Aboriginal and Torres Strait Islander children and families
SFS practitioners acknowledge the historical and ongoing impact of colonisation, dispossession, genocide, forced removal policies (Stolen Generations) and practices such as protection, segregation and assimilation on Aboriginal and Torres Strait Islander peoples. The resulting intergenerational and complex trauma continues to impact individuals, families and communities. This can manifest as distrust and fear of agencies, particularly mainstream government agencies, as these are directly linked to previous harmful policies and practices. These experiences may cause individuals and families to be reluctant to engage. With this knowledge, engagement can be adapted in culturally responsive and culturally safe ways for Aboriginal children and families.
Cultural consultation should occur prior to commencing engagement with a family to gain knowledge of the cultural context in which risks are raised and to guide the response and service intervention. In ensuring cultural due diligence has occurred by the referring agency, at the time of referral, there should be information pertaining to:
- child’s identity and language/nation group
- child and family’s connection to culture and country
- language spoken within the home
- preferred communication/engagement style for the family
- has the child/ family engaged with Aboriginal services and do they preference Aboriginal services?
Consultation with wider Aboriginal kinship systems such as cultural decision makers /cultural authorities, community Elders, Aboriginal workers, Aboriginal community controlled organisations or staff in other organisations that know the family may also take place to assist in approaching family members and working in flexible ways to build rapport with children and families. These networks may be understood using eco mapping tools.
If you are speaking with an Aboriginal person whose first language is not English, it is also important to seek advice about appropriate communication protocols. A practitioner may need an interpreter to ensure that language barriers do not compromise the quality of service.
Culturally and Linguistically Diverse children and families
When working with culturally and linguistically diverse (CALD) clients, refugees and new arrivals, it is important that practitioners understand how the migration experience may impact on their engagement with services.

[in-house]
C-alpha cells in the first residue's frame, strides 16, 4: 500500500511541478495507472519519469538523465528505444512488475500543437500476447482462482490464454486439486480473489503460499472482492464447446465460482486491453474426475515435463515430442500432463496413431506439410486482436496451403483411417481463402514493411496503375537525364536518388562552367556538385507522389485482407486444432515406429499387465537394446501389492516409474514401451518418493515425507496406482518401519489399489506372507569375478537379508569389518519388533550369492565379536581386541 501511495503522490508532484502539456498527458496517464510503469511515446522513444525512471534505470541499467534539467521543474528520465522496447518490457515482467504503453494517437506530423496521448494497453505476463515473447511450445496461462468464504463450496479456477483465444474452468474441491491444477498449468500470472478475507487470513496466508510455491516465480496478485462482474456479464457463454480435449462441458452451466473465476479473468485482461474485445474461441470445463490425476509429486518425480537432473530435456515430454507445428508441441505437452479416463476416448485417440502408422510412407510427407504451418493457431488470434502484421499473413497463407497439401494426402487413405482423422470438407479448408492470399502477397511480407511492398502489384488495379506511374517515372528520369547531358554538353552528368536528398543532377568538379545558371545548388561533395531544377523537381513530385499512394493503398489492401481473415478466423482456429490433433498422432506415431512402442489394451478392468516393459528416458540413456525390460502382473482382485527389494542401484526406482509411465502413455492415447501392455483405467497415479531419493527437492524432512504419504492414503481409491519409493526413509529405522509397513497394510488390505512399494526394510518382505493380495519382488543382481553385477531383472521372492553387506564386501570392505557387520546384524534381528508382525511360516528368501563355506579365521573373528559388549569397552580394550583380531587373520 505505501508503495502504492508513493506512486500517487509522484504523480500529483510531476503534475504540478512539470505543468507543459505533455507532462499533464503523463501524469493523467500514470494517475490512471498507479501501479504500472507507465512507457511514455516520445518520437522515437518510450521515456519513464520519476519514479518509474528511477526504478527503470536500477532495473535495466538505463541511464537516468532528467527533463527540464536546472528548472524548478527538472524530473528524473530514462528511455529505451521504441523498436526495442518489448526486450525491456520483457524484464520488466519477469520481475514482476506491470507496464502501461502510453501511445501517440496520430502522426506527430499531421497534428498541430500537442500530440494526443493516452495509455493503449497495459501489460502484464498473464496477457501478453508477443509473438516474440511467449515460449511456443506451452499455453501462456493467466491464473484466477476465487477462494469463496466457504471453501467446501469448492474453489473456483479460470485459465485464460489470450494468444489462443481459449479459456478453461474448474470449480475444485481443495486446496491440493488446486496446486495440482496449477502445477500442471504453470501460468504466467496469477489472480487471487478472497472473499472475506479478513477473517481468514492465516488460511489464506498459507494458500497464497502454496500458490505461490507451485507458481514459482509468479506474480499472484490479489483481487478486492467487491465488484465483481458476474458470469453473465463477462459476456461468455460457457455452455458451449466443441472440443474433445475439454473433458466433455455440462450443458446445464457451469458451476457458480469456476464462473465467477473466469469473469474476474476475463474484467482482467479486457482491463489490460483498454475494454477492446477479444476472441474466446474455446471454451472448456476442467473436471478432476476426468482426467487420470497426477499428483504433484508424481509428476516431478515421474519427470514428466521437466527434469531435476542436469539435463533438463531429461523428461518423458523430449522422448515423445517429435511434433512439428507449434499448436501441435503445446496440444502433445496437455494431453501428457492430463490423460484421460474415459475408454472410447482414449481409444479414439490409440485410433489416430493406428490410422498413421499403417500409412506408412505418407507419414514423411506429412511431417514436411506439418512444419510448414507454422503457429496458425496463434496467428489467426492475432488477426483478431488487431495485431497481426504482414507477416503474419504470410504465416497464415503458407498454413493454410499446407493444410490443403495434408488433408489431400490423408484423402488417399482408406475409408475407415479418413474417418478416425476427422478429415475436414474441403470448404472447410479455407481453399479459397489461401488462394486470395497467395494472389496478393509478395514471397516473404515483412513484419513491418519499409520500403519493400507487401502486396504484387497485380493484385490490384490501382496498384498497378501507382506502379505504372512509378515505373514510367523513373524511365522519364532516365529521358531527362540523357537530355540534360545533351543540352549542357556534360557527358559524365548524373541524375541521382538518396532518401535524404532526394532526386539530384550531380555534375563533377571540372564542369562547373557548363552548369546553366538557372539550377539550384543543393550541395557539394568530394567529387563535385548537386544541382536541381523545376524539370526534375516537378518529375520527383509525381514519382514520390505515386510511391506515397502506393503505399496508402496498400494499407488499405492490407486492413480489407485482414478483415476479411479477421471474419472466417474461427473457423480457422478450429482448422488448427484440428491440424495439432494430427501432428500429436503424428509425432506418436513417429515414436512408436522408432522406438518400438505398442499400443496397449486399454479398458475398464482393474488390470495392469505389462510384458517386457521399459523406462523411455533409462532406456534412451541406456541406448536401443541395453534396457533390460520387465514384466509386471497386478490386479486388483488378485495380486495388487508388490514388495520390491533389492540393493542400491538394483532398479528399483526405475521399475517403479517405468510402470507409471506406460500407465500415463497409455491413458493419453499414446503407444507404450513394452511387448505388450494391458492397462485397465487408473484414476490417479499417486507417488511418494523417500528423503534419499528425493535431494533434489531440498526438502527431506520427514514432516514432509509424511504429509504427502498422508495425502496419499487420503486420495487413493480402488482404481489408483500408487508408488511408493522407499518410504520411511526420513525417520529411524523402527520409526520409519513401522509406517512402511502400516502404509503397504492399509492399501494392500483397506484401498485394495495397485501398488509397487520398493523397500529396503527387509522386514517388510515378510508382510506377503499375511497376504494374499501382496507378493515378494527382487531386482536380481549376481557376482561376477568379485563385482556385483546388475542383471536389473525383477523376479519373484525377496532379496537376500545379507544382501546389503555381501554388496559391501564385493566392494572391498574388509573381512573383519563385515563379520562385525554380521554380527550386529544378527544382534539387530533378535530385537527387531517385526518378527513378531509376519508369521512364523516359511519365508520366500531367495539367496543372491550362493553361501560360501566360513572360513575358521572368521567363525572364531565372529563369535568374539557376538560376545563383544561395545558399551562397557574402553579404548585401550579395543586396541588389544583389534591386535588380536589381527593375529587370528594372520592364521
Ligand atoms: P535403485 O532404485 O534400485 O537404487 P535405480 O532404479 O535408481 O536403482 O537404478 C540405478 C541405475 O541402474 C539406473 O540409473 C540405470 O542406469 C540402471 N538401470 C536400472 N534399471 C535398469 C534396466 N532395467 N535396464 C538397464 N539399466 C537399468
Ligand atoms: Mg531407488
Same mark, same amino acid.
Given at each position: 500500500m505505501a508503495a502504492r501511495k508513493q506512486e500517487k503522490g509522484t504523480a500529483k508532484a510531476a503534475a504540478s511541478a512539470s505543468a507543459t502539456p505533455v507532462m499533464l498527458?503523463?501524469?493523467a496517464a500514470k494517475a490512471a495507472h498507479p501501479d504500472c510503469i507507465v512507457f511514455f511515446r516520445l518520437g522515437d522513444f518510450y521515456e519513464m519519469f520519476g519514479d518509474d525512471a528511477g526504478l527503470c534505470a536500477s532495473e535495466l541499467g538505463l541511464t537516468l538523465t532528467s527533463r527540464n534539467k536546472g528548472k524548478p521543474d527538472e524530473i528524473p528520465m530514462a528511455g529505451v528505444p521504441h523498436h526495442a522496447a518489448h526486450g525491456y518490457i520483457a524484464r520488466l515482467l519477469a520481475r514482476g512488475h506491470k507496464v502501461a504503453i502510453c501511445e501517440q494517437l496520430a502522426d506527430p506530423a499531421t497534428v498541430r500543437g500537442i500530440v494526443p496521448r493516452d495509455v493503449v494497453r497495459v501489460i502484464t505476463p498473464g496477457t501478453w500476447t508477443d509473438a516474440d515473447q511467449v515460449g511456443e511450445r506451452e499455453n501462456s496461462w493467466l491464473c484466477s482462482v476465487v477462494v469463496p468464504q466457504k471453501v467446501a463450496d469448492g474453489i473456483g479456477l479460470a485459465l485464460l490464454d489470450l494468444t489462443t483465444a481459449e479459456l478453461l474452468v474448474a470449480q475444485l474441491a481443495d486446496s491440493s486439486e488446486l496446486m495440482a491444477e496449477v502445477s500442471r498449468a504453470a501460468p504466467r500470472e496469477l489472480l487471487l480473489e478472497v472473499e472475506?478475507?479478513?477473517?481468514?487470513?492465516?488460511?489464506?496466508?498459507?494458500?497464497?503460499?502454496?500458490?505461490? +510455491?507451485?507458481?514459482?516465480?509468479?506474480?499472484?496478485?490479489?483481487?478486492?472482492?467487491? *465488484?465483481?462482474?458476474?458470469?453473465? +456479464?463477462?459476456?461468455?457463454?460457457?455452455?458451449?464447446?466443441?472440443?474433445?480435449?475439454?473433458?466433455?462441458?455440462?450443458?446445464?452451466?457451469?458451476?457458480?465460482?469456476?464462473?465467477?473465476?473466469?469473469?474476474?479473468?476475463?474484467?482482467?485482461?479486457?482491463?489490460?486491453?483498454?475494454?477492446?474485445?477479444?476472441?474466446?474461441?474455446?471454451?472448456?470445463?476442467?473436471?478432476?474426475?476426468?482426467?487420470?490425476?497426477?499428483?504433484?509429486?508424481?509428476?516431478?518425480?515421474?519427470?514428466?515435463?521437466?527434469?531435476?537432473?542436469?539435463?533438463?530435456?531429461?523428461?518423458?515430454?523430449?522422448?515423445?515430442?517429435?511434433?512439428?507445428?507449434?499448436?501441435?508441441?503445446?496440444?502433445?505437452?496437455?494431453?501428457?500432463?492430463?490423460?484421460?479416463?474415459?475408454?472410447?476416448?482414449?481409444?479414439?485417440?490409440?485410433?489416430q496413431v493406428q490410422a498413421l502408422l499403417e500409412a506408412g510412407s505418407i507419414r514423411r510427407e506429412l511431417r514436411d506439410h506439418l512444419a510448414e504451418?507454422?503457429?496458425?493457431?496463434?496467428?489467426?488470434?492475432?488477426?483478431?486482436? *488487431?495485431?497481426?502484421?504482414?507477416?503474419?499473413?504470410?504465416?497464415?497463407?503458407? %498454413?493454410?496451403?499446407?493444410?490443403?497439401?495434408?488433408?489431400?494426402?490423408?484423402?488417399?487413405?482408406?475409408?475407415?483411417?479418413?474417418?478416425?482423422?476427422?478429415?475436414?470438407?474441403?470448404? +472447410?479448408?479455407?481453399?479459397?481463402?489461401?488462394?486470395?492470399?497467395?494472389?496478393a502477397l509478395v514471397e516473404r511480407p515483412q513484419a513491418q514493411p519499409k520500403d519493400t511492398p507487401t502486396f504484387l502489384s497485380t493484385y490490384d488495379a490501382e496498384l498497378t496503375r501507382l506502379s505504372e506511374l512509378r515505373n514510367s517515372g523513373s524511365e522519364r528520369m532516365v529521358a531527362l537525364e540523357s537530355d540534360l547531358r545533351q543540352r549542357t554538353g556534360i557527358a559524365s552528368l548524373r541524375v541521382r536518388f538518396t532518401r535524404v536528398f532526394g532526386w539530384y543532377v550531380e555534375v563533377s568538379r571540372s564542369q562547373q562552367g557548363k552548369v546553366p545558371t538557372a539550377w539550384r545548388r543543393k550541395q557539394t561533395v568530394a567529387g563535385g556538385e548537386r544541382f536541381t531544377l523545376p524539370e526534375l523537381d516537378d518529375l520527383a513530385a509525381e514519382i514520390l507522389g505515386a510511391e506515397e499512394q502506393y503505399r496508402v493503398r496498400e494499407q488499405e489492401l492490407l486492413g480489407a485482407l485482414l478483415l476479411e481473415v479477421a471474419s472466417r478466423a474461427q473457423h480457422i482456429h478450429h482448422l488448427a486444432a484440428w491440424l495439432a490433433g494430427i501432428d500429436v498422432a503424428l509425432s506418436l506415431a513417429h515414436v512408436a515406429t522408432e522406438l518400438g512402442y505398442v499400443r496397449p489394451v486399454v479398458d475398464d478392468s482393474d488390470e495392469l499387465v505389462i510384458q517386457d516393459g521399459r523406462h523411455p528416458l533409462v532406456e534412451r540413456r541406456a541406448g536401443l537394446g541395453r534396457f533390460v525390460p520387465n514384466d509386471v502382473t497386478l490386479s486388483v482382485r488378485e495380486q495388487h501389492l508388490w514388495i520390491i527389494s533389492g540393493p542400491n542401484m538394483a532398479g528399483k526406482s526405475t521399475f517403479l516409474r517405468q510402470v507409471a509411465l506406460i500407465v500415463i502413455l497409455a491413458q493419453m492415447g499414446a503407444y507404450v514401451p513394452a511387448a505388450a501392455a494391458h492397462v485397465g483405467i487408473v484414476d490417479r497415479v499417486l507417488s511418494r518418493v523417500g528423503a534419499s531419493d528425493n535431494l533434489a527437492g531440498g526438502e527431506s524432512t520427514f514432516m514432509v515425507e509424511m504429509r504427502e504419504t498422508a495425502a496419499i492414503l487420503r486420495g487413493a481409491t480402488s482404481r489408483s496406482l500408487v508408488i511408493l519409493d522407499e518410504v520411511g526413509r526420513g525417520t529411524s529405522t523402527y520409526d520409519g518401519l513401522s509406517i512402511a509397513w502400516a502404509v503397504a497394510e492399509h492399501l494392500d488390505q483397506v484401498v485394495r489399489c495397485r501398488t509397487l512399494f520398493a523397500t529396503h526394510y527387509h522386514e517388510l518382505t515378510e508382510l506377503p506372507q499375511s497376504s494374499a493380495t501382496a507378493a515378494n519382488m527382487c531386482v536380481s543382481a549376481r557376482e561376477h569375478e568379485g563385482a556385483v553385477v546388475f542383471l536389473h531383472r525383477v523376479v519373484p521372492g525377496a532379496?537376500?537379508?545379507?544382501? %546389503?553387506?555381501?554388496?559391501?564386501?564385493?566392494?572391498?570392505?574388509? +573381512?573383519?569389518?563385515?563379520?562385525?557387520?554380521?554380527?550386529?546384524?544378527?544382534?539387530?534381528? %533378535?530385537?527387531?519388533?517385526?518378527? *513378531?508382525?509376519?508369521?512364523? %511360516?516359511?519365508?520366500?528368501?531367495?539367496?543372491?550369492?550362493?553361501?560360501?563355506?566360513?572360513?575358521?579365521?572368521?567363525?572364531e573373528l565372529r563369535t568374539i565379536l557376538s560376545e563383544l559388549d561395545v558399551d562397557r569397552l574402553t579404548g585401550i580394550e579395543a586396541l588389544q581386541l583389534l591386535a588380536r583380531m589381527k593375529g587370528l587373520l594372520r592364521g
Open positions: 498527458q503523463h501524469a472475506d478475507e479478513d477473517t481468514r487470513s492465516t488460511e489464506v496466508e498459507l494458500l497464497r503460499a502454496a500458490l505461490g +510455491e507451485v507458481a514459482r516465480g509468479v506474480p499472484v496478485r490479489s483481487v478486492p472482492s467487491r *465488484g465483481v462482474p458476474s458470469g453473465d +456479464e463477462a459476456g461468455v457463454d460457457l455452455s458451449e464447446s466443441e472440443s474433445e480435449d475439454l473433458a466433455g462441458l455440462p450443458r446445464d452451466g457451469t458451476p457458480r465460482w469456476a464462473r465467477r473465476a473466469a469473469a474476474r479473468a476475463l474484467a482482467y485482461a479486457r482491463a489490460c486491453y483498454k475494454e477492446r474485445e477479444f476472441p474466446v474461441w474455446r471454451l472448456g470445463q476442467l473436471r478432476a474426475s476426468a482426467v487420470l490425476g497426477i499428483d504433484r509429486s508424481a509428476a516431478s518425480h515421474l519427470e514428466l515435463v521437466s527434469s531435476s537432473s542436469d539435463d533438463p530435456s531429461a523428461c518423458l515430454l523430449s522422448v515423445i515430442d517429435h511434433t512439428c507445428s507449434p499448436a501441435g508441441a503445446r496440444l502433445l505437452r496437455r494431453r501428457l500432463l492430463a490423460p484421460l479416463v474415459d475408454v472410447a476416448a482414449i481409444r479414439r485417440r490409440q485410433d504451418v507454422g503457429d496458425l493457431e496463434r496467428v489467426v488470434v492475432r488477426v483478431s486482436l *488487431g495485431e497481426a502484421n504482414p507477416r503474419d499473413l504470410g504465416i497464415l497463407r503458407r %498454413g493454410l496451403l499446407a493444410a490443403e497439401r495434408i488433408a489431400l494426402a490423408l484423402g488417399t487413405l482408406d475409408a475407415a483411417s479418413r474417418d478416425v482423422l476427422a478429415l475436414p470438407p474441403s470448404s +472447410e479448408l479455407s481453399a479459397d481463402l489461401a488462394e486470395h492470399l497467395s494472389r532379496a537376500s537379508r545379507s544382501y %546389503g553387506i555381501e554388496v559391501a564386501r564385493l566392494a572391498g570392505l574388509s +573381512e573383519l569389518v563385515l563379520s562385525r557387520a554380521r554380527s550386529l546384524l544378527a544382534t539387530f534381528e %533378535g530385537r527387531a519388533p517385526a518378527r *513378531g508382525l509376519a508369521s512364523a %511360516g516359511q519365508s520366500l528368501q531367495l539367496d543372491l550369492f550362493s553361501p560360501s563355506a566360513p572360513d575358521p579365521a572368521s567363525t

Further consideration includes:
- understanding any traditions and practices that may need to be considered
- understanding of respectful engagement for CALD families, inclusive of gender appropriate discussion and where and who can participate in discussions (such as family decision makers).
- recognising that some families may not feel comfortable having practitioners working in their home. This may be underpinned by:
- a fear or suspicion of authorities and government officials based on pre-migration experiences
- a reluctance to seek support because of the stigma associated with seeking help from outside of the family/community group
- a fear of jeopardising the person or family’s residency status in Australia
- a previous experience of culturally insensitive interventions by professionals
- cultural differences around power and gender.
Before meeting with a family, consultation should occur with cultural consultants, workers or other organisations who have worked effectively with the family. It is important to ensure that any cultural protocols are observed while working with the family. Where possible a worker from the community or someone with cultural authority should accompany workers on home visits, particularly in the early stages of engagement.
Effective communication recognises that different approaches and strategies may be required as well as sensitivity to the role of both verbal and non-verbal cues. If English is not a caregivers / parent’s first language additional time or a more flexible approach may be needed to support their participation.
A practitioner may need an interpreter to ensure that there is clarity in all discussions and that families' wishes are heard and understood, and decisions and processes are made clear. Due to strong linkages in CALD communities in South Australia, some local interpreters may be from the family’s local community or within their own family and could result in reprisal from the community. Tele-interpreters should be utilised in these circumstances.